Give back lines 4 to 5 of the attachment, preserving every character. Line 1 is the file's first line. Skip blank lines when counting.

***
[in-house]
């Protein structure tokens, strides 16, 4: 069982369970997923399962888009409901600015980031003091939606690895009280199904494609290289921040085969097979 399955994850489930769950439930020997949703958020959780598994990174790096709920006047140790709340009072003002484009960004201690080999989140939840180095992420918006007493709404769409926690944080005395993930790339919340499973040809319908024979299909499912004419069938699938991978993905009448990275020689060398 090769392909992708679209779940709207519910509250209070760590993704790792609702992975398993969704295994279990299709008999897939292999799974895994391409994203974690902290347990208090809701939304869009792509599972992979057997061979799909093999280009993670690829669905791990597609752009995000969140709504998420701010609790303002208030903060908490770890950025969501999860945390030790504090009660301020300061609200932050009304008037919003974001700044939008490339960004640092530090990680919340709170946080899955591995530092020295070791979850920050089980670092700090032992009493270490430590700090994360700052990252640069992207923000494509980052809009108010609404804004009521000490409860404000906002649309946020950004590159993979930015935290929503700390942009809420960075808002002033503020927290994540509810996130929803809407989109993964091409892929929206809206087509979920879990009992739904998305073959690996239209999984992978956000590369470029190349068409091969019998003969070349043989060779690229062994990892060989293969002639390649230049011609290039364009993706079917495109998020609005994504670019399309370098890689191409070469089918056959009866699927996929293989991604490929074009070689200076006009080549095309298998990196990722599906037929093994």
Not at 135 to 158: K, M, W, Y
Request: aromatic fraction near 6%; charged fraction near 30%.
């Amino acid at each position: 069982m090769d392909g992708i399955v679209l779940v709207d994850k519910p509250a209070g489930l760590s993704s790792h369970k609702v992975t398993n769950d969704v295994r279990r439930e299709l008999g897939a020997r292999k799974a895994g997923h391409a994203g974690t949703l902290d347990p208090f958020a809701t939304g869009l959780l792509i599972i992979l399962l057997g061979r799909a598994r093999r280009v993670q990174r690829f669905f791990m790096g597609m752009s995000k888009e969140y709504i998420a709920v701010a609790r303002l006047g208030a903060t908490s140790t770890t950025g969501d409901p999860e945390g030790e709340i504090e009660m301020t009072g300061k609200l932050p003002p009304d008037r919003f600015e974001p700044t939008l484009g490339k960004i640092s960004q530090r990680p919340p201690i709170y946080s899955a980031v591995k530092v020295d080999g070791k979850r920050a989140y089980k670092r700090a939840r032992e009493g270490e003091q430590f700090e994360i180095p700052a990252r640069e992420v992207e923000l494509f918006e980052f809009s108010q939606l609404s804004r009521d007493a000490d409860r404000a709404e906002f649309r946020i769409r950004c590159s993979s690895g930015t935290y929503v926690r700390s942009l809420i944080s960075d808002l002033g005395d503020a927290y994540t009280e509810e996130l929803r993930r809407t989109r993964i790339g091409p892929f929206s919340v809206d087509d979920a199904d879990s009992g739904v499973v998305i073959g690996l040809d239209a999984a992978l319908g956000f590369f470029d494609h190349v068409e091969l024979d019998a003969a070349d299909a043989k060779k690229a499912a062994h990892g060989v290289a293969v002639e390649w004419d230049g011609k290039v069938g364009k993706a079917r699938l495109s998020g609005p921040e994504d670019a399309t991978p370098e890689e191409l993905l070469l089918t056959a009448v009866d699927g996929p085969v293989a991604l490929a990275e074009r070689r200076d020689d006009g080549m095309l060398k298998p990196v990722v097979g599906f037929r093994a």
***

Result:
Request: aromatic fraction near 6%; charged fraction near 30%.
């Amino acid at each position: 069982m090769d392909g992708i399955v679209l779940v709207d994850k519910p509250a209070g489930l760590s993704s790792h369970k609702v992975t398993n769950d969704v295994r279990r439930e299709l008999g897939a020997r292999k799974a895994g997923h391409a994203g974690t949703l902290d347990p208090f958020a809701t939304g869009l959780l792509i599972i992979l399962l057997g061979r799909a598994r093999r280009v993670q990174r690829f669905f791990m790096g597609m752009s995000k888009e969140y709504i998420a709920v701010a609790r303002l006047g208030a903060t908490s140790t770890t950025g969501d409901p999860e945390g030790e709340i504090e009660m301020t009072g300061k609200l932050p003002p009304d008037r919003f600015e974001p700044t939008l484009g490339k960004i640092s960004q530090r990680p919340p201690i709170y946080s899955a980031v591995k530092v020295d080999g070791k979850r920050a989140y089980k670092r700090a939840r032992e009493g270490e003091q430590f700090e994360i180095p700052a990252r640069e992420v992207e923000l494509f918006e980052f809009s108010q939606l609404s804004r009521d007493a000490d409860r404000a709404e906002f649309r946020i769409r950004c590159s993979s690895g930015t935290y929503v926690r700390s942009l809420i944080s960075d808002l002033g005395d503020a927290y994540t009280e509810e996130l929803r993930r809407t989109r993964i790339g091409p892929f929206s919340v809206d087509d979920a199904d879990s009992g739904v499973v998305i073959g690996l040809d239209a999984a992978l319908g956000f590369f470029d494609h190349v068409e091969l024979d019998a003969a070349d299909a043989k060779k690229a499912a062994h990892g060989v290289a293969v002639e390649w004419d230049g011609k290039v069938g364009k993706a079917r699938l495109s998020g609005p921040e994504d670019a399309t991978p370098e890689e191409l993905l070469l089918t056959a009448v009866d699927g996929p085969v293989a991604l490929a990275e074009r070689r200076d020689d006009g080549m095309l060398k298998p990196v990722v097979g599906f037929r093994a």